IN THE UNITED STATES COURT OF APPEALS FOR THE SEVENTH CIRCUIT
May 30, 1996
UNITED STATES OF AMERICA, PLAINTIFF-APPELLEE,
TRANCE L. BURSEY, DEFENDANT-APPELLANT.
Appeal from the United States District Court for the Southern District of Illinois, Benton Division. No. 94-CR-40066--J. Phil Gilbert, Chief Judge.
Before CUDAHY, FLAUM, and RIPPLE, Circuit Judges.
FLAUM, Circuit Judge.
ARGUED JANUARY 5, 1996
DECIDED MAY 30, 1996
On December 6, 1994, a jury convicted Trance Bursey of possession of cocaine base with intent to distribute, in violation of 21 U.S.C. sec. 841(a)(1). Bursey was sentenced to 36 months imprisonment. He appeals his conviction, claiming that the jury was improperly allowed to hear certain testimony and that, at a minimum, a limiting instruction should have been provided regarding this testimony. We affirm the conviction.
Around 4:00 p.m. on August 30, 1994, police officers James Temple and Lynn Trella were on patrol in their squad car in the 400 block of East Chestnut in Carbondale, Illinois, an area known for drug trafficking. As they emerged from an old alley in the area, they observed one man walking toward another man. Officer Temple testified that he immediately recognized the first man as Trance Bursey, whom he knew by name. Both officers testified that when this man looked up and realized that they were there watching, he threw what looked like a white piece of paper or a white object to the ground and took off. Officer Temple then pursued the man on foot, while Officer Trella went over and recovered the white object, which turned out to be seven individually-packaged rocks of crack cocaine wrapped up in white paper. Although Officer Temple was unable that day to find the man who threw down the white package, a warrant was issued for the arrest of Trance Bursey, based upon Temple's identification of him as the man who threw down the cocaine package.
The main issue at trial was Officer Temple's identification of Bursey. *fn1 Temple testified on direct examination that at the time of the encounter, he'd had over 20 previous contacts with Bursey, including custodial contacts. *fn2 When defense counsel objected to the government's question about what was meant by a "custodial contact," the district court responded as follows:
Okay. The Court's going to overrule the objection, but the Court's going to instruct the jury that the testimony that Officer Temple, I believe, is about to give about the custodial contacts with the defendant is being admitted for a limited purpose only to show his knowledge of the defendant and for purposes of identification and is not to be construed as a propensity by this defendant to have committed this crime or any other crimes . . . .
Temple then testified that the custodial contacts were when Bursey had been either briefly detained or arrested and that he had been personally involved in four arrests of Bursey. Temple emphasized his opportunity to view Bursey closely during these arrests. Temple also testified to various other personal contacts with Bursey during his police work, including times when Bursey was a victim.
Temple acknowledged on cross examination that he was 30 to 40 feet away when he first spotted the man with the white package and that he only observed his face for about 10 seconds. Officer Temple maintained, however, that he had known Bursey for four to five years and that there was no doubt in his mind that Trance Bursey was the man he observed throwing down the white package that day. Later in this cross examination, defense counsel posed the following question to Temple: "Would you consider [Trance Bursey] to be street smart." Temple responded affirmatively. Defense counsel acknowledged at oral argument that it was his theory, and that he argued to the jury, that someone who was "street smart" wouldn't just drop his drugs right in front of the cops, especially if he suspected he'd been recognized.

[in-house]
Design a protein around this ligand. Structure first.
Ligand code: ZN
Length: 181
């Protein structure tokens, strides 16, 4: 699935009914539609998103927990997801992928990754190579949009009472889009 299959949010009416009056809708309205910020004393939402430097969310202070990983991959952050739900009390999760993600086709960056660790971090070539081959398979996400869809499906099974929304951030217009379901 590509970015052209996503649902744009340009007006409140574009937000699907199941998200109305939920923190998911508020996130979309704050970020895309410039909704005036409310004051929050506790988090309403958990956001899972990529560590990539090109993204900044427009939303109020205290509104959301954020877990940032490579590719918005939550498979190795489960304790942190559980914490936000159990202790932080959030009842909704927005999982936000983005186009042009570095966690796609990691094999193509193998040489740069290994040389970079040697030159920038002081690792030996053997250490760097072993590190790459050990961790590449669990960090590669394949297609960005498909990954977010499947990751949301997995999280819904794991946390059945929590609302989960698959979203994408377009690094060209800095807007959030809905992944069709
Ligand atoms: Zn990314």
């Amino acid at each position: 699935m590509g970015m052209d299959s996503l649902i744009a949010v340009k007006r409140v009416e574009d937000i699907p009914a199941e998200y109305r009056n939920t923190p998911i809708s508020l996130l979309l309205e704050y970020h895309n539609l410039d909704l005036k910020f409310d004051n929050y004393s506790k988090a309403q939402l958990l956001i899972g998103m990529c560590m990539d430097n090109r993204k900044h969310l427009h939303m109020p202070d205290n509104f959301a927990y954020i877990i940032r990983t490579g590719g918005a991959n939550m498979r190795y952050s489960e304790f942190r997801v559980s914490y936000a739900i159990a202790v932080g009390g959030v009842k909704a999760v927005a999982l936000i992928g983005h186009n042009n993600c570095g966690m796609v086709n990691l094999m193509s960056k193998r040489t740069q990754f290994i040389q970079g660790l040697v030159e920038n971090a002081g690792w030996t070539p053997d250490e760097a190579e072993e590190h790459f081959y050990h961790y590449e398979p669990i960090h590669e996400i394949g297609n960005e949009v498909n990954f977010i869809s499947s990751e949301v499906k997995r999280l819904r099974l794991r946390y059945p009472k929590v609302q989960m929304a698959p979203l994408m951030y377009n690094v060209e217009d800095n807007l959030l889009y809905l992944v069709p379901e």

The government began its redirect by asking, "Officer Temple, upon what do you base your assessment that the defendant is street smart?". When Officer Temple started to testify about various police investigations of Bursey for criminal activities, defense counsel made a hearsay objection. The court determined, however, that the defense had "opened the door" and overruled the objection. Temple then testified that the police department had received information that Bursey was involved in selling drugs and that he was a member of a group called "the blunt squad," whose members were involved in drug distribution and some of whom were being prosecuted in federal court. Temple also stated that he had investigated a number of shooting cases in which Bursey was "involved" and that Bursey was a victim in at least one of these shootings. Finally, Temple testified that on one occasion when he stopped Bursey, Bursey identified himself as a member of the Black Gangster Disciples. Temple concluded by saying that all of these contacts combined led him to believe that Bursey was "street smart." Defense counsel did not offer any further objection during this testimony.
Bursey later testified that he was not the man Temple saw and that he had spent the entire day in the home of Quillia Gould. Ms. Gould testified that she saw Bursey at her home at 12:30 p.m. and again at 5:00 p.m., but she could not account for his whereabouts during the intervening hours. Bursey also testified that he had never sold crack cocaine and that there were other kids in the neighborhood who looked like him. Bursey was 18 years old at the time of the incident.
On appeal Bursey challenges only Officer Temple's testimony in response to the government's inquiry into why he believed Bursey was "street smart." Bursey claims that 1) the testimony was inadmissible hearsay; 2) it was unduly prejudicial; and 3) at a minimum, a limiting instruction should have been given regarding the testimony.
We review a district court's admission of evidence under an abuse of discretion standard. United States v. Henderson, 58 F.3d 1145, 1150 (7th Cir. 1995). "Hearsay" under Rule 801 "is a statement, other than one made by the declarant while testifying at the trial or hearing, offered in evidence to prove the truth of the matter asserted." FED. R. EVID. 801. Temple's testimony about his personal observations of and encounters with Bursey during his police work do not qualify as out-of-court "statements" under the hearsay rules. What he saw during these episodes involved neither "(1) an oral or written assertion or (2) nonverbal conduct of a person . . . intended by the person as an assertion." Id.